Categories: Astronomy

Astronomy Jargon 101: Cosmic Strings

In this series we are exploring the weird and wonderful world of astronomy jargon! You’ll do a little dance about today’s topic: cosmic strings!

What if I told you that there might be relics from the ancient universe roaming the cosmos? Demons from another age that could slice the Earth in two?

No, it’s not the setting for a new fantasy series, it’s just…physics.

The early, early, early universe was a pretty crazy time. Temperatures were high, pressures were high, densities were high. Things were so intense that physics itself was different. The four forces of nature were fused into a single, unified force (we think). As the universe expanded and cooled, the forces split off from each other.

But that splitting may not have happened very smoothly. As the universe underwent those radical phase transitions, regions of space may have been caught, trapped between two different pockets of transition. Those regions would evolve to become folds in space itself, the cosmic strings.

We’re not sure if cosmic strings exist. If they do, they likely have the width of a proton but could stretch from one end of the observable universe to the other. They would be so dense that a mile of string-stuff would outweigh the Earth.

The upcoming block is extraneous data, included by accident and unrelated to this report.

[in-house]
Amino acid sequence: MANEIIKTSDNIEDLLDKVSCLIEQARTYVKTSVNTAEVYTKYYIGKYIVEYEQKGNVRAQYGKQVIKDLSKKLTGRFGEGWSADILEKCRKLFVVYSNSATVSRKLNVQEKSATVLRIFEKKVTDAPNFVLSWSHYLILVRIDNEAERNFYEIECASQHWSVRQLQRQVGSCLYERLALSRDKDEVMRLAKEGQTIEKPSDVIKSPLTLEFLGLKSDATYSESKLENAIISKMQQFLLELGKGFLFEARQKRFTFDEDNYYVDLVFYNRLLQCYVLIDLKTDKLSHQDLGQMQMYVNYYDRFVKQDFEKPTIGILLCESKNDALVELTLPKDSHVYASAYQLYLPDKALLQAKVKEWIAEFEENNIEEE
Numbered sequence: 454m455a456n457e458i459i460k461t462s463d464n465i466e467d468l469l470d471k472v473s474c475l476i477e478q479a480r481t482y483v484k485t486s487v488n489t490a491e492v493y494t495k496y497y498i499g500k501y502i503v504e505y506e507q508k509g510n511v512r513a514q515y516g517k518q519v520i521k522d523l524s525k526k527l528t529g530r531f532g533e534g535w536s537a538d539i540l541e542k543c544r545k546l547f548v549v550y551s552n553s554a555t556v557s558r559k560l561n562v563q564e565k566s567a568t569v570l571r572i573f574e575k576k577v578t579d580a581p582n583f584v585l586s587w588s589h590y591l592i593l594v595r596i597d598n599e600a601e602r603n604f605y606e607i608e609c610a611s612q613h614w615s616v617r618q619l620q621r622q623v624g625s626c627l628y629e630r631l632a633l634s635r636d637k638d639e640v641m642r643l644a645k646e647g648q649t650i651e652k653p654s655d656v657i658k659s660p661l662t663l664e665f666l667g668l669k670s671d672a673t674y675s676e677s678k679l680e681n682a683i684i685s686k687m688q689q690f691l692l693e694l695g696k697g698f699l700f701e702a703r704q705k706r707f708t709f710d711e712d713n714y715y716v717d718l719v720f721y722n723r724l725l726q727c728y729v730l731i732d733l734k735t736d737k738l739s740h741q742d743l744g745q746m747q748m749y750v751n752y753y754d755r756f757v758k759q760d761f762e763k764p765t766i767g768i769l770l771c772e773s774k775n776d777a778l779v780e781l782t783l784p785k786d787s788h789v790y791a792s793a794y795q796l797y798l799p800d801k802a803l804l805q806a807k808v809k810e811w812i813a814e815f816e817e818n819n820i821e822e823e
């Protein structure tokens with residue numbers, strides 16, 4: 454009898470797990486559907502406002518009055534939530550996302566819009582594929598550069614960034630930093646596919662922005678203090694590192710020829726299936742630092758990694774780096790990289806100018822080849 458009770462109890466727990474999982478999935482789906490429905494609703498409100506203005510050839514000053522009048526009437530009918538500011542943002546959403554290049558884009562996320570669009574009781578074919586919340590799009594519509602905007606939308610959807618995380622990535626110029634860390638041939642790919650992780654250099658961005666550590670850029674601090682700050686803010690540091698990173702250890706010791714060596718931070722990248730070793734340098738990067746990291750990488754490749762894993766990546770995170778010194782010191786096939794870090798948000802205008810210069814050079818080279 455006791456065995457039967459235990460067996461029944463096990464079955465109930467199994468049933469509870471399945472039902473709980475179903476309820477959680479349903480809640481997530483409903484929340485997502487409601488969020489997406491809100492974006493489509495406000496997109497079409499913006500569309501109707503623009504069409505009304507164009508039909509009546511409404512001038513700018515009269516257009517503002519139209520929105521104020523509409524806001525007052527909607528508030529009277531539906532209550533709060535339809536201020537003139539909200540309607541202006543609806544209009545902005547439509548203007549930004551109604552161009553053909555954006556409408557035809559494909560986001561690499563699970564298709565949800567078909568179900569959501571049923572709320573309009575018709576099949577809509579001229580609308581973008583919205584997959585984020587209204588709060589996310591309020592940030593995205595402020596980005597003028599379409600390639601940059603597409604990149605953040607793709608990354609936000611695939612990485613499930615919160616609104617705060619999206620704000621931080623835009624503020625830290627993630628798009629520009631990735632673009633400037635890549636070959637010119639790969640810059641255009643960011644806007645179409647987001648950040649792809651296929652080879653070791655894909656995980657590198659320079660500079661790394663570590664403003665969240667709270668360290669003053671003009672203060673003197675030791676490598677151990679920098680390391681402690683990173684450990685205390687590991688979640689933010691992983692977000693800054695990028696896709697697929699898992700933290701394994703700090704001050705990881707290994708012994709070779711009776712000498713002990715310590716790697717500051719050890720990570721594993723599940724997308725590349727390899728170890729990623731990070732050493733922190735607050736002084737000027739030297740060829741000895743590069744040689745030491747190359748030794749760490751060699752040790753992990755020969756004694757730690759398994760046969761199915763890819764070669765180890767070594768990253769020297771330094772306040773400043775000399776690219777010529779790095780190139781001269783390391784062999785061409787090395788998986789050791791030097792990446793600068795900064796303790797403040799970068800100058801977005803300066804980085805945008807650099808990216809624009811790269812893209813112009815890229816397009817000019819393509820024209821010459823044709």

And they would vibrate. Ripples can race down their lengths at the speed of light. They can fold in on themselves and pinch off, creating loops that eventually vibrate themselves to oblivion.

We’re not even sure what it would be like to encounter a cosmic string, because we’re not sure how the strings would interact with the other forces and particles in the universe.

We can try to find cosmic strings by looking for double images. Because of their extreme gravity, they split the path of light from background objects, causing those background objects to appear duplicated. But so far all searches have come up dry.

That’s a bit of a problem, because cosmic strings come up pretty generically in our models of the early universe, so they should be out there, somewhere. And so the search continues.

Paul M. Sutter

Astrophysicist, Author, Host | pmsutter.com

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